Your business plan may be in order, your lease agreement in the works and your pitch to potential backers honed to perfection, but if you haven’t spoken to your CPA in depth about your business plans, you’re missing crucial information. For many small and mid-sized business owners, the enthusiasm for creating a new business overshadows more mundane concerns about cash flow, loss prevention and taxes. It’s worth investing the time to meet with your CPA before you take any major step toward opening; when you do, put these questions on your list of things to ask.
“What’s the best way to set up my company?”
You have many avenues available to you for your fledgling business, including incorporation or becoming an LLC. An attorney’s advice is essential here, but so is your accountant’s. Your company’s organizational status has far-reaching implications for everything from taxes to financial liability in the event of a lawsuit, so you should involve your accountant in the decision process too.
“How can we reduce expenses?”
Established companies have had years or even decades to learn how they can save. Your accountant can draw on these firms’ experience, combine it with their own expertise and suggest innovative ways to cut costs while maintaining the high standards of service that help make your new company successful. For business owners, choosing where to economize and where to invest can be a challenge, but your CPA will give you guidance.
“What can we do to improve our cash flow?”
Without careful regulation of the funds moving into and out of your company’s coffers, you can’t establish your break-even point, much less achieve it in the timetable you’ve set for your business. Improving cash flow seems simple on paper; increasing profits while investing wisely is at the heart of any sound financial strategy, but your CPA can give you practical advice on the specifics of creating a healthy cash flow. With good investment advice, your break-even point will be closer than you expect.
“How can I protect my business from theft, fraud or fiscal mismanagement?”
Newlyweds never enter into a marriage expecting a divorce, yet any lawyer can tell you that a prenuptial agreement is a wise financial decision for people with significant assets. By the same token, you expect your backers, partners and personnel to be scrupulously honest and as passionate about the business as you are. In the overwhelming majority of cases, you’re right, and your faith in others will be rewarded well. The rare cases of billing fraud or company theft, however, can do untold damage to your business and your trust. Ask your CPA about internal controls and oversight that will minimize your chances of becoming a victim. Even if you have complete trust in your business partners, following best practices will make future tax examinations painless.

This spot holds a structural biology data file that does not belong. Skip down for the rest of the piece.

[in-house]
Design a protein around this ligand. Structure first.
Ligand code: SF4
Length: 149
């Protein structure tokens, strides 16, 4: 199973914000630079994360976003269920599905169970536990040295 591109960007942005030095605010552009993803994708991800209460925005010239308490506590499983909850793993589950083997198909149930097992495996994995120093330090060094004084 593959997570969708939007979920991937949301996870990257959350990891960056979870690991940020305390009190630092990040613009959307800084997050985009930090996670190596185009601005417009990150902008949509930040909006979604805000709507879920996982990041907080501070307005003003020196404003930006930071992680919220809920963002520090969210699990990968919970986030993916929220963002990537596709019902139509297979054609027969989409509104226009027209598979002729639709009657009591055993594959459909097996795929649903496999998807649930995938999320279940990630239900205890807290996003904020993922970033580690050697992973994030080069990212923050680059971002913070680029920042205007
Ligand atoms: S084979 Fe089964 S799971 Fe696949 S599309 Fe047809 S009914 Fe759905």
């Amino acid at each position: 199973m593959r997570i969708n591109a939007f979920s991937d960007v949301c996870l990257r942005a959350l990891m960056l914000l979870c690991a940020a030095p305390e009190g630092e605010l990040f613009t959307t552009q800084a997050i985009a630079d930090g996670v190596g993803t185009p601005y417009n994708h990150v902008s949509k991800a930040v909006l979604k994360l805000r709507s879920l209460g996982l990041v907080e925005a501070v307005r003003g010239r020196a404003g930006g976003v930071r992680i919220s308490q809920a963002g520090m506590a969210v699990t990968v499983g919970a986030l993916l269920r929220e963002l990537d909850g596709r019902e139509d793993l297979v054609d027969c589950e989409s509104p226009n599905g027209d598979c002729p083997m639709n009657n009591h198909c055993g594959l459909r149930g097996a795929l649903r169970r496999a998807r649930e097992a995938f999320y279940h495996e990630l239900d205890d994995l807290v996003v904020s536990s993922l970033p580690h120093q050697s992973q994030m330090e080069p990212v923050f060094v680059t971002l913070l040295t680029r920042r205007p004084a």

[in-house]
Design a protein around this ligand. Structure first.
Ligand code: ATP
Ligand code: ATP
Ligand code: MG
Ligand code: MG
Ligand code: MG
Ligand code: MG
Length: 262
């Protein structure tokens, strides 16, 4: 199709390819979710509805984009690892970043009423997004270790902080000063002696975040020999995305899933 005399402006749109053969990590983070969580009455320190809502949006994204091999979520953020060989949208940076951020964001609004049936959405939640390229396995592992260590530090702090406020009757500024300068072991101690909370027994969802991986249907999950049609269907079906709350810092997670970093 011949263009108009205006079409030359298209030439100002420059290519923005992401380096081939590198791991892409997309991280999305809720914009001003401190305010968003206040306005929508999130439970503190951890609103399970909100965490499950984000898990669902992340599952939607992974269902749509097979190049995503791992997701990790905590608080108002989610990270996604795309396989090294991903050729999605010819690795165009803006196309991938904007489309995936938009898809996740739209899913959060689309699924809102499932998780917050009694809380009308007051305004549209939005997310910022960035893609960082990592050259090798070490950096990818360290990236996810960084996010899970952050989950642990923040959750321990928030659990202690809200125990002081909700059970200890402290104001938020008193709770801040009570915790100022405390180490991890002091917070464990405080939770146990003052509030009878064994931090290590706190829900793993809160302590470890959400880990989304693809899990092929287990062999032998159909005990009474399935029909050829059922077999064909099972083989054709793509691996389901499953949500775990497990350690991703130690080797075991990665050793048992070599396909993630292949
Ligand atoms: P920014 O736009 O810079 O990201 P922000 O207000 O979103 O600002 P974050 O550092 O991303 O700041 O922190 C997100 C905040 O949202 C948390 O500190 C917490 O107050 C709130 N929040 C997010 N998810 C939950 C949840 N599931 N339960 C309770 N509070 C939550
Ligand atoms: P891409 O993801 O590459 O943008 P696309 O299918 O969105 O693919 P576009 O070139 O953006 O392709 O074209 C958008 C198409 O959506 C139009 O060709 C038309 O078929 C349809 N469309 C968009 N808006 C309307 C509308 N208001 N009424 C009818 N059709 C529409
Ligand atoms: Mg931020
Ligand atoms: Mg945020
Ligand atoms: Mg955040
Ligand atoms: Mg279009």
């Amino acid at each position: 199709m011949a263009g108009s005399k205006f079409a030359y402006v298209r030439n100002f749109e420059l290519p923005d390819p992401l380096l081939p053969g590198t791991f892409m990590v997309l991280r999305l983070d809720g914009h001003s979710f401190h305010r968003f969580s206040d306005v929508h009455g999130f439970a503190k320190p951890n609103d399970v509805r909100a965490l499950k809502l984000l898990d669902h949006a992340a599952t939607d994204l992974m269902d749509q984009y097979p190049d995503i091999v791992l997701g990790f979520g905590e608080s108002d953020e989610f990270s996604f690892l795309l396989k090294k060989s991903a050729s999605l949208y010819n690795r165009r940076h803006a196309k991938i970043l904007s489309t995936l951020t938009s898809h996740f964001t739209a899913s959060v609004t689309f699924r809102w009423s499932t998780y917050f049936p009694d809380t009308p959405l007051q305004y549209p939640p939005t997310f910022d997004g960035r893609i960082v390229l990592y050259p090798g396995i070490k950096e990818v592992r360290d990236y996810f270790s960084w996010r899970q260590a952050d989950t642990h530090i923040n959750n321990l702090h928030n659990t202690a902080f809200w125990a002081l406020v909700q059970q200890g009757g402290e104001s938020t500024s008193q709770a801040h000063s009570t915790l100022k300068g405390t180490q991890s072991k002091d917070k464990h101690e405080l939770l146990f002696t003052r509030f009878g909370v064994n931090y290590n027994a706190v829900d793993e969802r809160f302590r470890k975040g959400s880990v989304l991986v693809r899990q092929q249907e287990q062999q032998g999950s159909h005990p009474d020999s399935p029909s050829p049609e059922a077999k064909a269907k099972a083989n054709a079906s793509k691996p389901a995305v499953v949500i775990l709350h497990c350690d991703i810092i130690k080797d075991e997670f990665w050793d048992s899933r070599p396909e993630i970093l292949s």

Not all issues are deliberate theft; mismanagement accounts for billions of dollars in losses each year. Having an accountant on your side can help safeguard you and your personnel from making costly errors in record keeping and financial management. When you entrust your company’s financial health to an accountant, you free yourself to focus on growing your business rather than fearing problems that could shrink it.
“How well can the company weather a recession?”
Although the economy is strengthening steadily, recovery from the recent recession has been slow. For smaller companies, having the funds to endure a lengthy period of stagnation could make the difference between opening new branches and closing your doors entirely. Working with your accountant to create your safety net ensures that you give your business its best possible chance to succeed.